Keeping Capture Planning Simple

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Capture Planning is not Wizardry or the Dark Arts
First of all, a quick definition: For me, a capture plan is a live, ongoing document outlining the roles, steps and activities a team will undertake to win a specific opportunity (often a project or service) in advance of a formal request from a client.

When I first heard of Capture Planning, I initially thought this was a wizardry approach to sales planning. I had this idea of top-secret teams beavering away in guerilla-style backrooms, manipulating unwitting clients to choose a particular company. The whole idea reminded me of the Dark Arts or PSYOPS (psychological operations) for bid teams.

Fast forward ten years and now I think very differently!

Aligning with your client’s timeline
The first thing to remember is that effective capture planning coincides with what procurement teams do every day. As part of long-term planning, many organisations need to think and plan in detail well in advance of the release of Request for Proposals – often a year or two. A capture plan simply aligns with that timeline. By understanding how your client thinks, and in what timeline, you are already at an advantage by putting yourselves in their shoes.

Keeping it simple
The main point of this article is to highlight the importance of simplicity in capture planning. Complicated captures begin with good intentions but end in lethargy and failure. The phrase “the best laid schemes of mice and men often go awry” (Robert Burns – 1785) is very apt here. Complex, extensive templates proscribing long, drawn-out explanations that nobody reads or is accountable for are a waste of time for busy people. Instead, a 30-minute meeting every two to three weeks, to catch up on actions agreed and identify new actions ahead, produces results.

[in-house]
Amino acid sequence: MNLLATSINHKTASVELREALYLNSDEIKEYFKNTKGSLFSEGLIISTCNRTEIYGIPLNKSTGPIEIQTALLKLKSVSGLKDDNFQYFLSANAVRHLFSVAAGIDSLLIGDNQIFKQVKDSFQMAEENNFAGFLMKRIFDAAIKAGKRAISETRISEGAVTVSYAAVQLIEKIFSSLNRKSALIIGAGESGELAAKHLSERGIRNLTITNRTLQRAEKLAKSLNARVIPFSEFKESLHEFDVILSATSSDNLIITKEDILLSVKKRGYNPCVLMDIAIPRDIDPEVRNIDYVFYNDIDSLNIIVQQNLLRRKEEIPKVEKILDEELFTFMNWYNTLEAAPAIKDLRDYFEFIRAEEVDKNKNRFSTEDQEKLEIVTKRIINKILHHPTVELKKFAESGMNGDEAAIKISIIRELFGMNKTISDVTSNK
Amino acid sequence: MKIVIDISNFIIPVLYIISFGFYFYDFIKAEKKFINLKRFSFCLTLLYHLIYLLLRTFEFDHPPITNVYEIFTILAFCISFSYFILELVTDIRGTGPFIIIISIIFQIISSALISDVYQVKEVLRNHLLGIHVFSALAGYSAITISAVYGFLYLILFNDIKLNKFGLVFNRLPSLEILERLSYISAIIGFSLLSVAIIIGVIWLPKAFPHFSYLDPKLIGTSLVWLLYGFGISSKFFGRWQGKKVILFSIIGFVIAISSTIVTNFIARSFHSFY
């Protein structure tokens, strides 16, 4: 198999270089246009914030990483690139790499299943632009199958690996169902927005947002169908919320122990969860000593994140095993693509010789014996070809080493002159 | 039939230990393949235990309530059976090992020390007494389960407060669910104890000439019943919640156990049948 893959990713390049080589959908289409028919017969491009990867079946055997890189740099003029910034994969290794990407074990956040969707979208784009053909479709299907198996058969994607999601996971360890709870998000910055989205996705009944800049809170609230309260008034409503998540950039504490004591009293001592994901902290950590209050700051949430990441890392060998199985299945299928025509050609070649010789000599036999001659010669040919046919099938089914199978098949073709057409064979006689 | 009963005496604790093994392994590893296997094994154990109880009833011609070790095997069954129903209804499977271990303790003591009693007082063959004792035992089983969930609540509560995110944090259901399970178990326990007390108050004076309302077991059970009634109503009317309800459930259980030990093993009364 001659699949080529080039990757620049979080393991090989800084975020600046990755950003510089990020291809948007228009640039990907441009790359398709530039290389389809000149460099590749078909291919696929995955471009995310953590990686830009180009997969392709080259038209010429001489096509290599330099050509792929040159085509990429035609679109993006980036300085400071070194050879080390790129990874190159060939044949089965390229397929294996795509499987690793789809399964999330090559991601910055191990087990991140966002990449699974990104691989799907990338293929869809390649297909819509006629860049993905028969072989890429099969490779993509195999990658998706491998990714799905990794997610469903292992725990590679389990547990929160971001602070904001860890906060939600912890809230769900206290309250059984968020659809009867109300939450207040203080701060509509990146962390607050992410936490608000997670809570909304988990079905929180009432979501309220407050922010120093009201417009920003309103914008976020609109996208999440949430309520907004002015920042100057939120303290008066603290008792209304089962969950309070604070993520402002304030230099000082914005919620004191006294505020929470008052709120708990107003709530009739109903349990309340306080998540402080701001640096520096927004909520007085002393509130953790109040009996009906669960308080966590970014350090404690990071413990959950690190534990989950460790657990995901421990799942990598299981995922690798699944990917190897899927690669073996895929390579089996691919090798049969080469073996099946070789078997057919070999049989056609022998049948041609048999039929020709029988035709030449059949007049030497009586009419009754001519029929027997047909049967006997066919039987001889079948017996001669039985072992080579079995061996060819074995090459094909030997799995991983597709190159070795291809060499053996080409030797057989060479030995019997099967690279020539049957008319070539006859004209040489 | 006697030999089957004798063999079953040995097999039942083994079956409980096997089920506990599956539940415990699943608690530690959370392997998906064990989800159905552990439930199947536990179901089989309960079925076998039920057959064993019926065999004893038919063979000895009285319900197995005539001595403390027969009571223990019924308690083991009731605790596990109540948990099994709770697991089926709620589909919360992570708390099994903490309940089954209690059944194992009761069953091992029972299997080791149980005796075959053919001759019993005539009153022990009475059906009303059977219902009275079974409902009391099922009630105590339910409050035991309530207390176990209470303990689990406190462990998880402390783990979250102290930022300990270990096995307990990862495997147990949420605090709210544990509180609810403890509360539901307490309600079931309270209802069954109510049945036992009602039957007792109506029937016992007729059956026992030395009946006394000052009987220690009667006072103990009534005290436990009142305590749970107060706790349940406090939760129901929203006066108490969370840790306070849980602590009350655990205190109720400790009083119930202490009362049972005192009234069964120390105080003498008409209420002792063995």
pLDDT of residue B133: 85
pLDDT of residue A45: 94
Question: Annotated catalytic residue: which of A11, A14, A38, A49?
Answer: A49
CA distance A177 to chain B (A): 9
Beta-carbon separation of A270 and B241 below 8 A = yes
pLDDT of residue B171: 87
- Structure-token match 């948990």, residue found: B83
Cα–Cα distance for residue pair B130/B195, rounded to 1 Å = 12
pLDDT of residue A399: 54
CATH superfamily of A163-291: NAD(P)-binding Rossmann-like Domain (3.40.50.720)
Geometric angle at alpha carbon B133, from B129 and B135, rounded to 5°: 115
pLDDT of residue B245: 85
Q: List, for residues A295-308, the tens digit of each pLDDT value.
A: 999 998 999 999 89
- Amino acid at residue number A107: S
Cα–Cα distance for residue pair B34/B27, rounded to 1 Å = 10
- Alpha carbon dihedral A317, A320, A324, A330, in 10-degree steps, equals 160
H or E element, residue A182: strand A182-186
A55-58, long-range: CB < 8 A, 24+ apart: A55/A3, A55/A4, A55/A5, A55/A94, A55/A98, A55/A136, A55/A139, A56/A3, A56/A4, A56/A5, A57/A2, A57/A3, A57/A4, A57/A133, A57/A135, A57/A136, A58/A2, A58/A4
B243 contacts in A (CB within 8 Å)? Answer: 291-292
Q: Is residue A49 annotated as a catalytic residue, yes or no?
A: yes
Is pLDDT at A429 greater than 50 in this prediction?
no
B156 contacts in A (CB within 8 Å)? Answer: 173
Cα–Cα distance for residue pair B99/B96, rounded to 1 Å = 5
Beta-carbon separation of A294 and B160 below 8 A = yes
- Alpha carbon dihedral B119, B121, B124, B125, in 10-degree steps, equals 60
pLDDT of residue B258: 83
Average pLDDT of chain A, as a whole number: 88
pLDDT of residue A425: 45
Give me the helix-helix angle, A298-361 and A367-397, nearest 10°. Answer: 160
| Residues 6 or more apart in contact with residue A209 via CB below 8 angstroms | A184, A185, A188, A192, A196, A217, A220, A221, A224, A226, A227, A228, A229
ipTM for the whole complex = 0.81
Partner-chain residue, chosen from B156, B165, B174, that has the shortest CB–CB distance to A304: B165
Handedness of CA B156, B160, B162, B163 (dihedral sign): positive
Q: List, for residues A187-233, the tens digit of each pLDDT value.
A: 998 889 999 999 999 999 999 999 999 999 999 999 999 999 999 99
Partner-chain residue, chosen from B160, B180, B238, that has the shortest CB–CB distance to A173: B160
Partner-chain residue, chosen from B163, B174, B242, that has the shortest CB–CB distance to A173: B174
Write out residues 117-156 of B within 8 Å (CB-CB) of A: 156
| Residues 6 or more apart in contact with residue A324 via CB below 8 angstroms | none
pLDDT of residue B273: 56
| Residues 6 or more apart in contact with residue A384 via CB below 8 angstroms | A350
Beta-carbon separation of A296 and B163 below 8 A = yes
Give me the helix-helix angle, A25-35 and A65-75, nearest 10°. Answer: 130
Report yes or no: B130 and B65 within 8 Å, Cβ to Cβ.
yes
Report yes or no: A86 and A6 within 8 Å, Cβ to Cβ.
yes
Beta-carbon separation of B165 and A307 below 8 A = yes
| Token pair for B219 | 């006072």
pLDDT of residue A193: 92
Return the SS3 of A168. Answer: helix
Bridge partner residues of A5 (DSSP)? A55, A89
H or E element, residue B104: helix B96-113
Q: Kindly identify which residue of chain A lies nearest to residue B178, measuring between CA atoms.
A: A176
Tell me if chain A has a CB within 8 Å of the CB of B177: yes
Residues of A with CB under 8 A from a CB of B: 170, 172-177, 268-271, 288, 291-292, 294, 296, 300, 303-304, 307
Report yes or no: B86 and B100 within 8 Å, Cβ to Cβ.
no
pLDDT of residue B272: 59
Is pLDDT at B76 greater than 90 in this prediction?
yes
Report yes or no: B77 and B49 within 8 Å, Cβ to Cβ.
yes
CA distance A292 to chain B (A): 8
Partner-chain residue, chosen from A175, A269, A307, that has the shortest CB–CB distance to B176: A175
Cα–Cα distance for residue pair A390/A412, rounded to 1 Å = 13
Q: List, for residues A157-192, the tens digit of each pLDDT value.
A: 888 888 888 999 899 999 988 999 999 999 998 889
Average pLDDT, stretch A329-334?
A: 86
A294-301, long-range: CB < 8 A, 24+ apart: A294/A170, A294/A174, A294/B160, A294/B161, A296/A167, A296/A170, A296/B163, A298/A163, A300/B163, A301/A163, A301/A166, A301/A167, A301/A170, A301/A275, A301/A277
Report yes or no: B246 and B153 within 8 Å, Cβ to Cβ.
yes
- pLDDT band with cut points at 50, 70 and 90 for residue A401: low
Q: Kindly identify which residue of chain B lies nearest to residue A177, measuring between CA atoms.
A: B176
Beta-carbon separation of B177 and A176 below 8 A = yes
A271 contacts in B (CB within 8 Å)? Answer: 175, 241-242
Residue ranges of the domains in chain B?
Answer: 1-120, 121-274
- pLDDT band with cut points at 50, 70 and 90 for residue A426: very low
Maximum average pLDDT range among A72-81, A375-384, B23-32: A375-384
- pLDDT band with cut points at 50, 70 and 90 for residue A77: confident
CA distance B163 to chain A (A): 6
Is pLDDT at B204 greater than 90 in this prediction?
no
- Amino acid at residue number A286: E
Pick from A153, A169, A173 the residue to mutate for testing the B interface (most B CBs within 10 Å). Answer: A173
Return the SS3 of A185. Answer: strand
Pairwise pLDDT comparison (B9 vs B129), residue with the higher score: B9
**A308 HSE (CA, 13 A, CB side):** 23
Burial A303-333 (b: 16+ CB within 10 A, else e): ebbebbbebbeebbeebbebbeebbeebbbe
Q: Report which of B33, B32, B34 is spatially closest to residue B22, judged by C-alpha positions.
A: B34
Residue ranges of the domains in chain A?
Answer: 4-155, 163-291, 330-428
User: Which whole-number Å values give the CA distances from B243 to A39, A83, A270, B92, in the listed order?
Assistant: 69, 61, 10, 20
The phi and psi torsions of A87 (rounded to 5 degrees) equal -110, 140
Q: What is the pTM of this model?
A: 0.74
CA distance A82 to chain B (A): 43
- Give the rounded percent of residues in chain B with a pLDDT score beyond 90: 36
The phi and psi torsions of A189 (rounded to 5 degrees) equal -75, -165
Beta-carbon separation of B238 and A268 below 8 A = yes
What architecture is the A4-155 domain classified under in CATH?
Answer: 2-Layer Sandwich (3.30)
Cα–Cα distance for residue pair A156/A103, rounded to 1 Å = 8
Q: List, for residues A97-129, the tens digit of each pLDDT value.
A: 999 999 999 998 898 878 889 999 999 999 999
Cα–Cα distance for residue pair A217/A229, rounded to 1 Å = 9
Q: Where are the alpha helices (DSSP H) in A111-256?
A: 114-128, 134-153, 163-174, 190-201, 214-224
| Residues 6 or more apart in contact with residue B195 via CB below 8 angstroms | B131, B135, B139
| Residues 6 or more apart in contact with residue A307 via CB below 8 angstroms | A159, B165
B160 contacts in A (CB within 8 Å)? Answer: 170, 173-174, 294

The Capture Manager’s role in maintaining momentum, ensuring people do what they promise and ensuring results are tracked and recorded is half the battle in a successful capture plan. Similar to a bid plan, the capture plan ensures a focused and structured approach to driving actions and results. The team involved needs to be engaged and understand the agenda and their responsibility in the ultimate aim of securing the contract.

A capture is a marathon, not a sprint
The bottom line is you will greatly increase your chances of winning if you keep your capture plan simple, focused, and aligned with what the customer is looking for. The key is showing the customer that your team is engaged with them all the way through their journey. A capture is a marathon, not a sprint. So stay hydrated, ensure good ‘nutrition’ (meetings, updates and communication), have the right equipment (a simple capture template), put one foot in front of the other (ensure regular meetings even for busy people) and, most importantly, don’t give up until you reach the finish line!

This article was written by Michael Brown.

Michael Brown is a seasoned bid professional having won multiple projects across the built environment throughout Europe, the Middle East, APAC and North America. He is passionate about leading global teams to deliver top quality proposals and pitches to multinational clients.

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